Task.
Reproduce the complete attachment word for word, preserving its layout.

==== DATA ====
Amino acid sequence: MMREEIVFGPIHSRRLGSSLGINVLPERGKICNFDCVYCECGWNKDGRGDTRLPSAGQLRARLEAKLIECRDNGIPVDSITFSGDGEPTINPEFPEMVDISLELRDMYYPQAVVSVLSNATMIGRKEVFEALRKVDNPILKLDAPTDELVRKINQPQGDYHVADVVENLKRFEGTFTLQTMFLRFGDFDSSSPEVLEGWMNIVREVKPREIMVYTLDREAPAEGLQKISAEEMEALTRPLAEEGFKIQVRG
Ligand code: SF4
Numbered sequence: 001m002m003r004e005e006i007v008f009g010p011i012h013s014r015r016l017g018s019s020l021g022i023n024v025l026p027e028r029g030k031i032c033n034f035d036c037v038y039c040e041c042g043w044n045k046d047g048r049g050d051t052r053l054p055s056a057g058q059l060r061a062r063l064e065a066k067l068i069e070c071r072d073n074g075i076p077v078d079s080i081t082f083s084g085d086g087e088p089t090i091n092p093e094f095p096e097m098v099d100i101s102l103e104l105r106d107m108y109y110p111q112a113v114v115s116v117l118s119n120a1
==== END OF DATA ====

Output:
Amino acid sequence: MMREEIVFGPIHSRRLGSSLGINVLPERGKICNFDCVYCECGWNKDGRGDTRLPSAGQLRARLEAKLIECRDNGIPVDSITFSGDGEPTINPEFPEMVDISLELRDMYYPQAVVSVLSNATMIGRKEVFEALRKVDNPILKLDAPTDELVRKINQPQGDYHVADVVENLKRFEGTFTLQTMFLRFGDFDSSSPEVLEGWMNIVREVKPREIMVYTLDREAPAEGLQKISAEEMEALTRPLAEEGFKIQVRG
Ligand code: SF4
Numbered sequence: 001m002m003r004e005e006i007v008f009g010p011i012h013s014r015r016l017g018s019s020l021g022i023n024v025l026p027e028r029g030k031i032c033n034f035d036c037v038y039c040e041c042g043w044n045k046d047g048r049g050d051t052r053l054p055s056a057g058q059l060r061a062r063l064e065a066k067l068i069e070c071r072d073n074g075i076p077v078d079s080i081t082f083s084g085d086g087e088p089t090i091n092p093e094f095p096e097m098v099d100i101s102l103e104l105r106d107m108y109y110p111q112a113v114v115s116v117l118s119n120a1